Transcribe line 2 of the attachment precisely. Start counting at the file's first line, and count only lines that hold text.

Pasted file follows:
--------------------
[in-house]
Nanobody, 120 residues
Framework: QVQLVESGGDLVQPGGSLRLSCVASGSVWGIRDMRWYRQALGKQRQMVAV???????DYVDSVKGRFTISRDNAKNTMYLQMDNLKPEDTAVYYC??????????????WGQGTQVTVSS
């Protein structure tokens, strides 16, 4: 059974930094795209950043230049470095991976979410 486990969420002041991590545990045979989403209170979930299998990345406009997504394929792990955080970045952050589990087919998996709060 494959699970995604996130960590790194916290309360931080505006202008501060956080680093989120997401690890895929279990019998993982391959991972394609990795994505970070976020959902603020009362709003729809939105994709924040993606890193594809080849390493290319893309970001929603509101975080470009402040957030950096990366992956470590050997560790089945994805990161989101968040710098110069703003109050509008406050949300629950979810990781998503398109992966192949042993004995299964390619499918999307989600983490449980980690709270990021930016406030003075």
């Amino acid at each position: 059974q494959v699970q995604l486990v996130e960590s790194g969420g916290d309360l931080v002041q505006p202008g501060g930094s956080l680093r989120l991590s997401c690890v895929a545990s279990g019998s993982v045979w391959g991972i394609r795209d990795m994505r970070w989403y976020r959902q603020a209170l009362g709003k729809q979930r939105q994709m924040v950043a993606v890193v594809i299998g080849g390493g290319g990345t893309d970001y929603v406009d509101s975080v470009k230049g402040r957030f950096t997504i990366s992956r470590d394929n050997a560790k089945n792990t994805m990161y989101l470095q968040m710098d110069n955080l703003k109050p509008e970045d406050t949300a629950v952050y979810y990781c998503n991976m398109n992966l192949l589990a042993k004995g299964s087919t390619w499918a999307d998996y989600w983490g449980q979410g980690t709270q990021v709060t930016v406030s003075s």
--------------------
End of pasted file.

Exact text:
Nanobody, 120 residues